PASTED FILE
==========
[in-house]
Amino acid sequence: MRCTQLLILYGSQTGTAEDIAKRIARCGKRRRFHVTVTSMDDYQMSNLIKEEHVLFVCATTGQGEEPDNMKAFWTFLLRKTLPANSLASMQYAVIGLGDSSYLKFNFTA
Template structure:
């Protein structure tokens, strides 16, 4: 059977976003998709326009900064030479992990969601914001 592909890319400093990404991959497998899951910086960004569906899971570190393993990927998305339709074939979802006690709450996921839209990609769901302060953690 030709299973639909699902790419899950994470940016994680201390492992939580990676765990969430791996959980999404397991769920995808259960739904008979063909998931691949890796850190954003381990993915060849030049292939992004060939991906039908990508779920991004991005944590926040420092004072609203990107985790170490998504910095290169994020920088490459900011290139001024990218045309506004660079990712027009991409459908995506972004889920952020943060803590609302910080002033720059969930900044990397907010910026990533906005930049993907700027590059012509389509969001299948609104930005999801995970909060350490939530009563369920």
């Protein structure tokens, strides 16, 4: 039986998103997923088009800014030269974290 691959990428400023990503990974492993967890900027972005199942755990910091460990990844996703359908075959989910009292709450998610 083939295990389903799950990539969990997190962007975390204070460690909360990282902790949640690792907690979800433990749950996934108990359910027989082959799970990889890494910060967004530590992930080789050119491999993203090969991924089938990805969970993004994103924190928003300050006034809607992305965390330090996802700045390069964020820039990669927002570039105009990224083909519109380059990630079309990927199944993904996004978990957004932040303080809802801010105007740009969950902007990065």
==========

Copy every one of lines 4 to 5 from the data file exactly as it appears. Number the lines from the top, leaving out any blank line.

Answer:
């Protein structure tokens, strides 16, 4: 059977976003998709326009900064030479992990969601914001 592909890319400093990404991959497998899951910086960004569906899971570190393993990927998305339709074939979802006690709450996921839209990609769901302060953690 030709299973639909699902790419899950994470940016994680201390492992939580990676765990969430791996959980999404397991769920995808259960739904008979063909998931691949890796850190954003381990993915060849030049292939992004060939991906039908990508779920991004991005944590926040420092004072609203990107985790170490998504910095290169994020920088490459900011290139001024990218045309506004660079990712027009991409459908995506972004889920952020943060803590609302910080002033720059969930900044990397907010910026990533906005930049993907700027590059012509389509969001299948609104930005999801995970909060350490939530009563369920």
């Protein structure tokens, strides 16, 4: 039986998103997923088009800014030269974290 691959990428400023990503990974492993967890900027972005199942755990910091460990990844996703359908075959989910009292709450998610 083939295990389903799950990539969990997190962007975390204070460690909360990282902790949640690792907690979800433990749950996934108990359910027989082959799970990889890494910060967004530590992930080789050119491999993203090969991924089938990805969970993004994103924190928003300050006034809607992305965390330090996802700045390069964020820039990669927002570039105009990224083909519109380059990630079309990927199944993904996004978990957004932040303080809802801010105007740009969950902007990065």